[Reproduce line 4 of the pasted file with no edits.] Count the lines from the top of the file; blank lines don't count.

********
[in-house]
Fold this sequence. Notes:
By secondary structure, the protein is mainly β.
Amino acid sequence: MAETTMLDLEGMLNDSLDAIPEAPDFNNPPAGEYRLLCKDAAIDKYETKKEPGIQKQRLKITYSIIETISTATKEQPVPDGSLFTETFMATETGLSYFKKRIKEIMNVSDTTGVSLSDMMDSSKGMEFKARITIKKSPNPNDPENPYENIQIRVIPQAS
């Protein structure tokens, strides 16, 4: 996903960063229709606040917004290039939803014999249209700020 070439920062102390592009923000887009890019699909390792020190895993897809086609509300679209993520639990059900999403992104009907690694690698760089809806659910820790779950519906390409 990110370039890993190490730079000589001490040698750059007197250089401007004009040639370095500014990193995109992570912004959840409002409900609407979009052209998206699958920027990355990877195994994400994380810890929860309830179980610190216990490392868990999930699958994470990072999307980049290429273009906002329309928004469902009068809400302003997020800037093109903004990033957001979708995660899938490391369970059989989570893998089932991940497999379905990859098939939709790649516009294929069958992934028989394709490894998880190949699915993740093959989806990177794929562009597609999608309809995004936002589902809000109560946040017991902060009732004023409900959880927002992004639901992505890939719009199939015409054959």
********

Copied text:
Amino acid sequence: MAETTMLDLEGMLNDSLDAIPEAPDFNNPPAGEYRLLCKDAAIDKYETKKEPGIQKQRLKITYSIIETISTATKEQPVPDGSLFTETFMATETGLSYFKKRIKEIMNVSDTTGVSLSDMMDSSKGMEFKARITIKKSPNPNDPENPYENIQIRVIPQAS